A broad coalition of health and wellbeing NGOs have issued a join statement today, calling on the Australian Bureau of Statistics (ABS) to collect “appropriate and meaningful … data on sexual orientation, gender identity and intersex status” in the 2021 Census for the very first time.
The group statement has been endorsed by the LGBTI Health Alliance, Suicide Prevention Australia, Rainbow Health Victoria, the Kirby Institute, Demential Australia, the Cancer Council, ACOSS, Butterfly Foundation for Eating Disorders, Jean Hailes For Womens Health, AFAO, The Equality Project, Consumers Health Forum of Australia, Mental Health Australia, Black Dog Institute, Palliative Care Australia, IHRA, the Australian College of Mental Health Nurses, Disability Employment Australia, Everymind, Connect Groups, Shelter WA, and the The Pinnacle Foundation, among others.
The ABS recently identified sexual orientation, gender identity and intersex status as categories for potential inclusion in the 2021 Census, and the groups say that meaningful inclusion of data in this area is welcome as there are no other data sources to produce reliable statistics.
“The Census is best placed to understand the cultural, economic and social diversity of our communities, providing information about the population across small geographic areas and long-time trends in key aspects of the lives of Australians,” the groups say.
“Census data underpins government funding and investment and informs government decisions in a range of areas, including healthcare and social services planning.”
“The current exclusion of appropriate sexual orientation, gender identity and intersex status questions in the Census means that clear demographic data of the Australian population is not being captured.”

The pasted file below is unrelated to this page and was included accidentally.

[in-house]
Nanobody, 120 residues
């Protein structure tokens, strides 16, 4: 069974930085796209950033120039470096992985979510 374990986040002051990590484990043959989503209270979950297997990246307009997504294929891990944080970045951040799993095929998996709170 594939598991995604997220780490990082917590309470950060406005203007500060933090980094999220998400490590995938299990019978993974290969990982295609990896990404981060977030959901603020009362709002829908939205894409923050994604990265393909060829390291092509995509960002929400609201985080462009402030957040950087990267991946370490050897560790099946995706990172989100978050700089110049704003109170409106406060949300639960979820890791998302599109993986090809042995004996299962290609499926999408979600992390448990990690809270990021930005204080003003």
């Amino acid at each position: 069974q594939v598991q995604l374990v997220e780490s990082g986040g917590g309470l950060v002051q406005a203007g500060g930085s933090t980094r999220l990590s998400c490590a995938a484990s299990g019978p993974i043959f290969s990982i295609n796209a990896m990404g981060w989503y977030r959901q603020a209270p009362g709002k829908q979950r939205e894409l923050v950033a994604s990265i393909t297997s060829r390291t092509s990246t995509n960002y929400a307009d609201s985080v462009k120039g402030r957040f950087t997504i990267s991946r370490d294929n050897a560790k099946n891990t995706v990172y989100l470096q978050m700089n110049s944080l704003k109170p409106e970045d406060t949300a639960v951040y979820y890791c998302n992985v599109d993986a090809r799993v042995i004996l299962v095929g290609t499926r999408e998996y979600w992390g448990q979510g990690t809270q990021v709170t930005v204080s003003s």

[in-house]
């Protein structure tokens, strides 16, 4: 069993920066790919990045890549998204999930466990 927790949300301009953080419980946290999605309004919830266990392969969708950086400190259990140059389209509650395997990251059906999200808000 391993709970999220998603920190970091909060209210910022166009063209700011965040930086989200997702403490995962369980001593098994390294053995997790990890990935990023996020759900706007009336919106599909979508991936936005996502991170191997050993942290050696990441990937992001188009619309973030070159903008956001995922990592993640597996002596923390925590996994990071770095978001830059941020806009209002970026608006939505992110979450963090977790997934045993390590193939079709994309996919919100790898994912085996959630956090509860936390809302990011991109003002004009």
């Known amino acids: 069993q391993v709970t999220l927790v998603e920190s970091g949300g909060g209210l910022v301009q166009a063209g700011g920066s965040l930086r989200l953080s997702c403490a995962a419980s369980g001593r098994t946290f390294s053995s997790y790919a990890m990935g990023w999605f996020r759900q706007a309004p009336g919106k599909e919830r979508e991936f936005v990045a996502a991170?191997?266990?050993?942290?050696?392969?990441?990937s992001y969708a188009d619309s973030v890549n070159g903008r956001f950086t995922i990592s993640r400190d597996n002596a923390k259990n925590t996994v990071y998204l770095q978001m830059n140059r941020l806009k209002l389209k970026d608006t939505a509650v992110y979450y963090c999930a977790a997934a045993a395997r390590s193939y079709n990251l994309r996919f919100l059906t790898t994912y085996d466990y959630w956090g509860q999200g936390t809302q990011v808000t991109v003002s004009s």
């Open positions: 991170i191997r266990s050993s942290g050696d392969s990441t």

The groups believe that better data in this area would help deliver strategies, policies and programs around LGBTQI heath outcomes and wellbeing.
“Asking appropriate questions on sexual orientation, gender identity and intersex status in the Census is crucial in fostering an evidence-informed environment for health and economic policy service planning and understanding health and social service utilisation,” the groups say, “This is essential in addressing the significant health disparities that LGBTI people experience.”
The groups note that the UK, Canada and the United States are all currently in the process of considering the inclusion of questions on sexual orientation and gender identity in their own upcoming censuses.
“Australia has a unique opportunity to provide statistical leadership in the collection, production and analysis of data for LGBTI populations,” the groups say.
“The inclusion of sexual orientation, gender identity and intersex status in the 2021 Census will promote scientific excellence and data integrity. This will have an enormous impact on improving social cohesion and the health outcomes of LGBTI people and communities.”